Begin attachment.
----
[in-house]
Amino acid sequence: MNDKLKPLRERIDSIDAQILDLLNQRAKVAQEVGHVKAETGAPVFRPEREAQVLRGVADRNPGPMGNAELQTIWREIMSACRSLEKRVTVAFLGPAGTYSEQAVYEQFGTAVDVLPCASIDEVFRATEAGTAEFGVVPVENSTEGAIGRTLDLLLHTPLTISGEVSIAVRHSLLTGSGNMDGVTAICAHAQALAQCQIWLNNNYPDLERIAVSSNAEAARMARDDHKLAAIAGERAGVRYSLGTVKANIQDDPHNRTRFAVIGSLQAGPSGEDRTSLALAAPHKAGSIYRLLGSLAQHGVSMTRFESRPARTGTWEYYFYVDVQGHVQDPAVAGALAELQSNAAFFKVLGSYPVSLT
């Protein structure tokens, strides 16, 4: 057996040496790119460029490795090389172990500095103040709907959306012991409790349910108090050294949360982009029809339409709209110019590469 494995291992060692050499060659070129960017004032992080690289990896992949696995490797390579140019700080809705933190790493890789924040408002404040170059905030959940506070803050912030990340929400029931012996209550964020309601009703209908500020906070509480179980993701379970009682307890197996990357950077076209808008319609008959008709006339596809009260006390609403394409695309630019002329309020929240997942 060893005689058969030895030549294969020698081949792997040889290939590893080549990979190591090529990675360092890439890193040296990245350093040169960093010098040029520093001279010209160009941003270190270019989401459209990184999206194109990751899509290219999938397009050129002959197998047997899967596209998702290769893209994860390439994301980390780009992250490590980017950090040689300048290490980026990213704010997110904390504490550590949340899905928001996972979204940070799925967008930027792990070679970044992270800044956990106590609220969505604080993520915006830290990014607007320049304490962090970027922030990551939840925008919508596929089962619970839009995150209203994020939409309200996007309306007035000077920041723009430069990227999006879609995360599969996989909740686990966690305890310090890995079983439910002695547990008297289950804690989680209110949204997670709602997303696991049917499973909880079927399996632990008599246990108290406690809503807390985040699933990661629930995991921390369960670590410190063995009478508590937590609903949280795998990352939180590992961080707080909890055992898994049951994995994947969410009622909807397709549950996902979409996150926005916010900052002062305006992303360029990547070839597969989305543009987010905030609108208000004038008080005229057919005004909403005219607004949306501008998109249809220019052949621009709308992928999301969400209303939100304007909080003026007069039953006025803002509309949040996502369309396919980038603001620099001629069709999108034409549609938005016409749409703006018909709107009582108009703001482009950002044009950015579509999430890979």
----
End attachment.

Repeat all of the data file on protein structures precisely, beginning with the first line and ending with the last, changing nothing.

[in-house]
Amino acid sequence: MNDKLKPLRERIDSIDAQILDLLNQRAKVAQEVGHVKAETGAPVFRPEREAQVLRGVADRNPGPMGNAELQTIWREIMSACRSLEKRVTVAFLGPAGTYSEQAVYEQFGTAVDVLPCASIDEVFRATEAGTAEFGVVPVENSTEGAIGRTLDLLLHTPLTISGEVSIAVRHSLLTGSGNMDGVTAICAHAQALAQCQIWLNNNYPDLERIAVSSNAEAARMARDDHKLAAIAGERAGVRYSLGTVKANIQDDPHNRTRFAVIGSLQAGPSGEDRTSLALAAPHKAGSIYRLLGSLAQHGVSMTRFESRPARTGTWEYYFYVDVQGHVQDPAVAGALAELQSNAAFFKVLGSYPVSLT
């Protein structure tokens, strides 16, 4: 057996040496790119460029490795090389172990500095103040709907959306012991409790349910108090050294949360982009029809339409709209110019590469 494995291992060692050499060659070129960017004032992080690289990896992949696995490797390579140019700080809705933190790493890789924040408002404040170059905030959940506070803050912030990340929400029931012996209550964020309601009703209908500020906070509480179980993701379970009682307890197996990357950077076209808008319609008959008709006339596809009260006390609403394409695309630019002329309020929240997942 060893005689058969030895030549294969020698081949792997040889290939590893080549990979190591090529990675360092890439890193040296990245350093040169960093010098040029520093001279010209160009941003270190270019989401459209990184999206194109990751899509290219999938397009050129002959197998047997899967596209998702290769893209994860390439994301980390780009992250490590980017950090040689300048290490980026990213704010997110904390504490550590949340899905928001996972979204940070799925967008930027792990070679970044992270800044956990106590609220969505604080993520915006830290990014607007320049304490962090970027922030990551939840925008919508596929089962619970839009995150209203994020939409309200996007309306007035000077920041723009430069990227999006879609995360599969996989909740686990966690305890310090890995079983439910002695547990008297289950804690989680209110949204997670709602997303696991049917499973909880079927399996632990008599246990108290406690809503807390985040699933990661629930995991921390369960670590410190063995009478508590937590609903949280795998990352939180590992961080707080909890055992898994049951994995994947969410009622909807397709549950996902979409996150926005916010900052002062305006992303360029990547070839597969989305543009987010905030609108208000004038008080005229057919005004909403005219607004949306501008998109249809220019052949621009709308992928999301969400209303939100304007909080003026007069039953006025803002509309949040996502369309396919980038603001620099001629069709999108034409549609938005016409749409703006018909709107009582108009703001482009950002044009950015579509999430890979």